How to botch Latino outreach
Even as Republican leaders wrap up a summer meeting in Chicago where they're preparing for 2016, the party's fate in that election may be getting shaped in other places.
Places like Okoboji, Iowa, where Rep. Steve King was captured on video getting into an extended argument with self-described "DREAMers," American-raised children of undocumented immigrants. Or Alabama, where Rep. Mo Brooks has been describing immigration overhaul efforts as part of a Democratic "war on whites."
Or even Washington, D.C., where a week ago, in order to win the support of immigration opponents like King and Brooks on a border crisis spending bill, leaders brought to the floor a companion bill ending President Obama's DACA (Deferred Action for Childhood Arrivals) program that permits children who were brought to this country as minors by undocumented immigrants to remain.
Neither bill is likely to become law, but, say political strategists in both parties, the damage is done. While there may be little effect in the coming midterm elections — when Hispanic turnout is typically depressed — anger over the legislation and the well-publicized comments could cement a perception that becomes difficult to change by 2016.
"It just reinforces existing beliefs about Republican views on immigration and, more broadly, Hispanics generally," said Anna Greenberg, a Democratic pollster.
"It's further evidence we're departing further and further into the wilderness," said John Weaver, a former adviser to Arizona Sen. John McCain. "I don't really notice the 'war on whites' myself, but maybe it's raging in northern Alabama."
McCain is among the 13 sitting GOP senators who last year voted for an immigration overhaul that includes a path to citizenship for the 12 million undocumented immigrants in the United States. It's that feature that angers many House Republicans, who typically represent districts with tiny Latino populations. They argue that any immigration law changes are inappropriate before the border with Mexico is fully secured.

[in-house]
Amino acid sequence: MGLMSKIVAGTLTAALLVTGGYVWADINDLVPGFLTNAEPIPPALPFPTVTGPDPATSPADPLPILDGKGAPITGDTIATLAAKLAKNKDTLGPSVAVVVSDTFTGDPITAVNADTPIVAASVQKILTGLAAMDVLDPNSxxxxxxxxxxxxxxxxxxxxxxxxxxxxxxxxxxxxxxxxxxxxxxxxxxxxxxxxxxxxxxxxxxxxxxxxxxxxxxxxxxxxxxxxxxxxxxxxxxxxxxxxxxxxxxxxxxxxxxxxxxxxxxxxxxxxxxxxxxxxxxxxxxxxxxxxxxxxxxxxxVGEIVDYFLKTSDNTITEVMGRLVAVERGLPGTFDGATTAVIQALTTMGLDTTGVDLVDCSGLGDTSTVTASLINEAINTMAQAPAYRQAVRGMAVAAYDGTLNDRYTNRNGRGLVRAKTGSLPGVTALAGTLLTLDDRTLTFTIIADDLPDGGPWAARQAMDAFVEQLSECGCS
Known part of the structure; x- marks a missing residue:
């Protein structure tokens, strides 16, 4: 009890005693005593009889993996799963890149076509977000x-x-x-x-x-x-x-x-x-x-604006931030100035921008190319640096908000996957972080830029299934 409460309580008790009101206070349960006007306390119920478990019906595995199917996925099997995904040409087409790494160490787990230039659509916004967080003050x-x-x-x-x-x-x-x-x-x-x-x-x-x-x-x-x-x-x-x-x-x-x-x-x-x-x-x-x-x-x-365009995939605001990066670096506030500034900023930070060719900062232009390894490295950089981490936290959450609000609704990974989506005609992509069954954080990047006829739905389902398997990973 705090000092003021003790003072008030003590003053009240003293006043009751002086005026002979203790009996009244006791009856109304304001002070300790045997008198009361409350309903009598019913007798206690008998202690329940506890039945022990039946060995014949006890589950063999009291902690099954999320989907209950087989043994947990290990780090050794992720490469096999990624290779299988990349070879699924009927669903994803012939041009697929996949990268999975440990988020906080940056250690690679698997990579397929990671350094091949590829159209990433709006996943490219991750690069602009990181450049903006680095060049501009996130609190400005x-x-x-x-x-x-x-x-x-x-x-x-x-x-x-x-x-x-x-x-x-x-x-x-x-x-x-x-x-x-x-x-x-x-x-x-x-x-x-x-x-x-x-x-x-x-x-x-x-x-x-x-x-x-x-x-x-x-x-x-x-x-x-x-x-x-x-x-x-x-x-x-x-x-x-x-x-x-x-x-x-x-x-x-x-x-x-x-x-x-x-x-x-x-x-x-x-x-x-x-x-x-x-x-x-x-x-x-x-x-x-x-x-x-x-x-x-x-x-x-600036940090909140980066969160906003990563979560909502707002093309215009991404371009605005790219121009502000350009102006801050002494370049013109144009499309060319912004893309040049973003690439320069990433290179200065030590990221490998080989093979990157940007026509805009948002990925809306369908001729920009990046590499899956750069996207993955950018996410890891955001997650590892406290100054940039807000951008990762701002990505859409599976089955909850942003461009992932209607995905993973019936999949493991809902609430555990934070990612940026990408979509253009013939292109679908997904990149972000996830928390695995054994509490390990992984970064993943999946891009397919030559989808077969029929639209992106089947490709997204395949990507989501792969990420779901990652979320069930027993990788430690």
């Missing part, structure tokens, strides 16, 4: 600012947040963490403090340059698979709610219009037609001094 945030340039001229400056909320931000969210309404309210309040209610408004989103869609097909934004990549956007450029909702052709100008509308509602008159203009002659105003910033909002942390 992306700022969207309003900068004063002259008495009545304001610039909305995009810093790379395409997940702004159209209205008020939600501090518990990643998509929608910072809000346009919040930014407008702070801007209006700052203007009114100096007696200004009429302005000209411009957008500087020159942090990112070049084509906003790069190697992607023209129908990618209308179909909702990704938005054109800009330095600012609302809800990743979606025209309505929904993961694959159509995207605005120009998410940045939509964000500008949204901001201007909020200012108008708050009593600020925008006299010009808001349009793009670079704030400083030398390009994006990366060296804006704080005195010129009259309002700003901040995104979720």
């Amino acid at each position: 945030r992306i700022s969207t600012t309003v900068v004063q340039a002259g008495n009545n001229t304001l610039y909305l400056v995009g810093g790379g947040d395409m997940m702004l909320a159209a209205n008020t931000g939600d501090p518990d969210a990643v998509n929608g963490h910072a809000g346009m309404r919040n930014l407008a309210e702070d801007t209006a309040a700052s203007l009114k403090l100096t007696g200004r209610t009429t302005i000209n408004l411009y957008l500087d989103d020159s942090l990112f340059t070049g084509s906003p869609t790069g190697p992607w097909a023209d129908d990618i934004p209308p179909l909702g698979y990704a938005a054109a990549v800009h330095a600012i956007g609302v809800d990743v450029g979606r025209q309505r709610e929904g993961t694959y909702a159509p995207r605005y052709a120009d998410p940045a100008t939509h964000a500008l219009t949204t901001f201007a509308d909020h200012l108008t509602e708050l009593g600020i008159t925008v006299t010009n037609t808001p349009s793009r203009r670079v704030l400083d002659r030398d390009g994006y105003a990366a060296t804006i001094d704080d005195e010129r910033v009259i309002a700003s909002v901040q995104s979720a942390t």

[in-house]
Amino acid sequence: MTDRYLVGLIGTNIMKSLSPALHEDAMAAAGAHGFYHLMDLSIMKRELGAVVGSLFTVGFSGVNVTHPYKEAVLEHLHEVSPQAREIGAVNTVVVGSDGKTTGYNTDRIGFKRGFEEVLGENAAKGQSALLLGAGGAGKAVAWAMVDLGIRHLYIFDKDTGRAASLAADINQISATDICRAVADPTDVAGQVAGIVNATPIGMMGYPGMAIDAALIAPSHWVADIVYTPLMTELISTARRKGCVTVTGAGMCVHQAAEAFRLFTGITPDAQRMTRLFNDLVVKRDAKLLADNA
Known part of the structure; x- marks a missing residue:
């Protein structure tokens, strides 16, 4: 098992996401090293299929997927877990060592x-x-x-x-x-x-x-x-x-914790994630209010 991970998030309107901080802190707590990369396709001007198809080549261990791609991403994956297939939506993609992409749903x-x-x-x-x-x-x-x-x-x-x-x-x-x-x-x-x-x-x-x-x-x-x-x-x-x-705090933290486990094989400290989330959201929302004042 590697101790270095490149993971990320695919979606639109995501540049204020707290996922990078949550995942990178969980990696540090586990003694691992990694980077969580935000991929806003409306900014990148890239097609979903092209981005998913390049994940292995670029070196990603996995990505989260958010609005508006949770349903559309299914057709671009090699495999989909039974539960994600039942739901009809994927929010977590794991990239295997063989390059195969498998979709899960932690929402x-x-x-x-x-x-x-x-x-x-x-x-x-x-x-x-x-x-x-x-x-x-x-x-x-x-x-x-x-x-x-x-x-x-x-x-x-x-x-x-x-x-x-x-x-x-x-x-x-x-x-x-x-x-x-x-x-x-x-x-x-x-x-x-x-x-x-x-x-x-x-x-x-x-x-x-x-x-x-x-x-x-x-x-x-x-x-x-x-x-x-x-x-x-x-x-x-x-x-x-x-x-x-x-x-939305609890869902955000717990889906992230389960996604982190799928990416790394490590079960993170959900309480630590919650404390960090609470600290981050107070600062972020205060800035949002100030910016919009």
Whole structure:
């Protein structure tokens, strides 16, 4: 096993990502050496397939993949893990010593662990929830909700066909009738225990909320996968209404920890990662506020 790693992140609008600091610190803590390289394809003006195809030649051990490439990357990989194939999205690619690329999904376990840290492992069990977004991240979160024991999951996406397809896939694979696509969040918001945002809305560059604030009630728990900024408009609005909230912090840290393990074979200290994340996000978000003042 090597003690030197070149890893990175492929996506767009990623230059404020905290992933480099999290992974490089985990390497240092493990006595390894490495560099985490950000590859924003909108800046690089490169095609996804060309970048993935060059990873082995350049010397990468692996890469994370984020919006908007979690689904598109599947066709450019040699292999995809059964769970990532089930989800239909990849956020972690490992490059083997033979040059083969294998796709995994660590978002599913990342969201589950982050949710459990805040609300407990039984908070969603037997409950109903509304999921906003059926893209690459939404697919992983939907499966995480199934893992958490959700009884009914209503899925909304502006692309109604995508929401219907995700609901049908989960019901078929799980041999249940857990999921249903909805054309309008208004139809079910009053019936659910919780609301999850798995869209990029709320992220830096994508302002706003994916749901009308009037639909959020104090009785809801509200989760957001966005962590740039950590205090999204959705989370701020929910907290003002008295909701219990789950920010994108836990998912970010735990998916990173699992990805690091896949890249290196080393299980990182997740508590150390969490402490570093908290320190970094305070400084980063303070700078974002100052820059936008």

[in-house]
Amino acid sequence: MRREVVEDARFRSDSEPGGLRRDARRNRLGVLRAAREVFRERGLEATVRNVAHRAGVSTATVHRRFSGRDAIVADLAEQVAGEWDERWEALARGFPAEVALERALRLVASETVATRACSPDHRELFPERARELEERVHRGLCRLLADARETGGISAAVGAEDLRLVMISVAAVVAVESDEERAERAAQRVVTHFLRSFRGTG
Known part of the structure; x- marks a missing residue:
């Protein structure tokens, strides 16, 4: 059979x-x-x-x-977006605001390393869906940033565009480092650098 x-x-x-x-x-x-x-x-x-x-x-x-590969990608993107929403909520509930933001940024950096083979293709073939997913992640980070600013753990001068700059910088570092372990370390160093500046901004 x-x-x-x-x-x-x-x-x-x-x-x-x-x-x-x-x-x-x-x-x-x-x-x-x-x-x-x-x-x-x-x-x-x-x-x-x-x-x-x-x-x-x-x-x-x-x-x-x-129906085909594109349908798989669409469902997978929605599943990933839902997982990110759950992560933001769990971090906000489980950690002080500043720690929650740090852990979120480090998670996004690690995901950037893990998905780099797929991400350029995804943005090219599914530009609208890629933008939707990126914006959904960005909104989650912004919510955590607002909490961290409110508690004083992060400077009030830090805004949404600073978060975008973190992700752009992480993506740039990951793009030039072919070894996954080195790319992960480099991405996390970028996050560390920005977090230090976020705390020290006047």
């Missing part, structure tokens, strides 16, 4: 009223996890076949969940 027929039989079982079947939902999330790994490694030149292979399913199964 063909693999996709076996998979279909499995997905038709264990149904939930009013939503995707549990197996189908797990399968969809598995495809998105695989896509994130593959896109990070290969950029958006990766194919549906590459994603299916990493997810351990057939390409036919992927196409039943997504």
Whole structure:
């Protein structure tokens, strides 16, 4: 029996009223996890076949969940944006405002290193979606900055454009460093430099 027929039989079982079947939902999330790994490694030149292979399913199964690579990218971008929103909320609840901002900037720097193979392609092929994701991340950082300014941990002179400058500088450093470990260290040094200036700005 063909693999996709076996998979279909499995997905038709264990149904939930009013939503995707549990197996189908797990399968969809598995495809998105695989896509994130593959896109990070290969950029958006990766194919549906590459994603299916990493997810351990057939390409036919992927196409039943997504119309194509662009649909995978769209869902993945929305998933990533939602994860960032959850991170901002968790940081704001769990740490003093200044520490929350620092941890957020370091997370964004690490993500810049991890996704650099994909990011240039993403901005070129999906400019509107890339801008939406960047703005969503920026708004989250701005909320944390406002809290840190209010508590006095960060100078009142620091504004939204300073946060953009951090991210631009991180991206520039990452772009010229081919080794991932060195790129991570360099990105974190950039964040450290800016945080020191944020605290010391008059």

In their opposition, they are also bucking leaders of the Republican National Committee, which last year specifically cited immigration legislation as a way to open doors among Hispanics and other minority groups.
It was this sensibility, in fact, that spurred House leaders to push for the border bill last week, even though it meant postponing the start of the August recess. Speaker John Boehner had already put out a statement suggesting that attempts to pass a $659 million funding bill were being abandoned for want of votes. Boehner and his team were quickly besieged by Republicans worried about heading home without having done anything about the tens of thousands of unaccompanied children who had crossed the border. Republicans would seem uncaring, and Obama would have a political field day.
But in their desperation to win over immigration opponents, House leaders agreed to take up the proposal to end Obama's DACA program. It passed, with 212 Republican yes votes, and 11 Republicans voting no. (All but four Democrats voted against it.)
King was among those crowing about their victory — which led to Monday's confrontation at an Iowa fundraiser. Alabama's Brooks, meanwhile, defended the anti-DACA bill and dismissed criticisms against it as part of the Democratic "war on whites."
(On a Huntsville, Ala., radio show Wednesday with National Journal columnist Ron Fournier, Brooks accused Fournier of contributing to divisiveness with his "commentary" — though Fournier was quoting from the Republican Party's own .)
Both incidents have gotten widespread play in the media — more play than the Republican Party's outreach to Latinos is getting nowadays. In an interview with RealClearPolitics from Chicago, GOP chairman Reince Priebus called Brooks' remarks "idiotic."
"We have to be a party that grows. That means we have to have more people in our party, not less," Priebus said.
Weaver, who in recent years has criticized the party for its failure to embrace an immigration overhaul, said the latest turn proves his point. "If you're on the wrong side of history on immigration, that's not a good place to be," he said.